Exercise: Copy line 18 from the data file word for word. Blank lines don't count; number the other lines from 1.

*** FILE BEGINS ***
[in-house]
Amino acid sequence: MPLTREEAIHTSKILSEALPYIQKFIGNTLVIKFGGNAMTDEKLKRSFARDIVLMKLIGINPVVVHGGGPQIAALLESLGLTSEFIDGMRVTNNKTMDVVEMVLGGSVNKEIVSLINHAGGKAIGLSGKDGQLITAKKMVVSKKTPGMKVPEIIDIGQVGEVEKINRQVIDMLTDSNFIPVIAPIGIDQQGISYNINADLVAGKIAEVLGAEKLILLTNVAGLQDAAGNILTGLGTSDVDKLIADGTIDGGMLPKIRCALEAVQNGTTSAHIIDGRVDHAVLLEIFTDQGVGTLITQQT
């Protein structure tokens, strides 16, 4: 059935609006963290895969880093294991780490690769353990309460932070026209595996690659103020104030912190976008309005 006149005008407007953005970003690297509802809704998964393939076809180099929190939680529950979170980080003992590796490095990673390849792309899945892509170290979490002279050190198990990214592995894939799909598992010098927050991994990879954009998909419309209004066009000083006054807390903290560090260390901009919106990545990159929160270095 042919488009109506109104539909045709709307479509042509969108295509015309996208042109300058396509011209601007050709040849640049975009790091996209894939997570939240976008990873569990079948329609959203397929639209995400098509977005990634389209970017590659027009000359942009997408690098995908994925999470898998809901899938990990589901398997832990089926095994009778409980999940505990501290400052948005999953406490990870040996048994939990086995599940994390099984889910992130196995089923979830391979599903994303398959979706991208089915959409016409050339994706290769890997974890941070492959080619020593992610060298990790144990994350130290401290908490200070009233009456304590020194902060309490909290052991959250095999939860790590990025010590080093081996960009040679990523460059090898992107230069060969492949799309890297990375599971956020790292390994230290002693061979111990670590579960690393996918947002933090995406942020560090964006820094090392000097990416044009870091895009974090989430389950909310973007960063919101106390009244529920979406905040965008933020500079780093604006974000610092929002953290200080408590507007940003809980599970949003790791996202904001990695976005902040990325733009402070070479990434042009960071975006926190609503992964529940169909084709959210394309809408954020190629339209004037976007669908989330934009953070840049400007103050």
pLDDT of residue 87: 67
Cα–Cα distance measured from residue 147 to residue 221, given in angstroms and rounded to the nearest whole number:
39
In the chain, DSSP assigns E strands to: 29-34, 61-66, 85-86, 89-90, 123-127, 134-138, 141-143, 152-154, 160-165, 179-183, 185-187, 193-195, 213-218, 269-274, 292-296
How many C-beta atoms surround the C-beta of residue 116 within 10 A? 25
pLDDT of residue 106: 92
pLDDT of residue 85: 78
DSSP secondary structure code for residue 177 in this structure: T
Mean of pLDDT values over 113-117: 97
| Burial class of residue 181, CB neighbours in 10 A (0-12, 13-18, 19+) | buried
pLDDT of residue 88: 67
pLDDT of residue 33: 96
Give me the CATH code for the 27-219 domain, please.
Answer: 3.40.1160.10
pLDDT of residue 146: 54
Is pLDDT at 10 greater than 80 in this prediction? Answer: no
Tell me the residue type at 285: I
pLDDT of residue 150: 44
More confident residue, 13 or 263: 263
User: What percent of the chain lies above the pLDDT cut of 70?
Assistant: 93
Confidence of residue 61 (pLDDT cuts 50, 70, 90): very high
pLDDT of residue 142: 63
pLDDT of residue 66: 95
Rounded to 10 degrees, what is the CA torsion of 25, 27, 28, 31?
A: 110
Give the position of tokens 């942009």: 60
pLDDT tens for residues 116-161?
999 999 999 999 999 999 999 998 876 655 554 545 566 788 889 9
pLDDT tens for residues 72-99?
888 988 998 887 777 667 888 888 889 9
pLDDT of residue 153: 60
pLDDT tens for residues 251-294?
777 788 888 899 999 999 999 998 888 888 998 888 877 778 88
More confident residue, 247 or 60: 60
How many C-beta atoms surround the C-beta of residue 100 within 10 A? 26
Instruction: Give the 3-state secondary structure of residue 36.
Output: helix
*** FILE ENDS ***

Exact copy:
pLDDT of residue 146: 54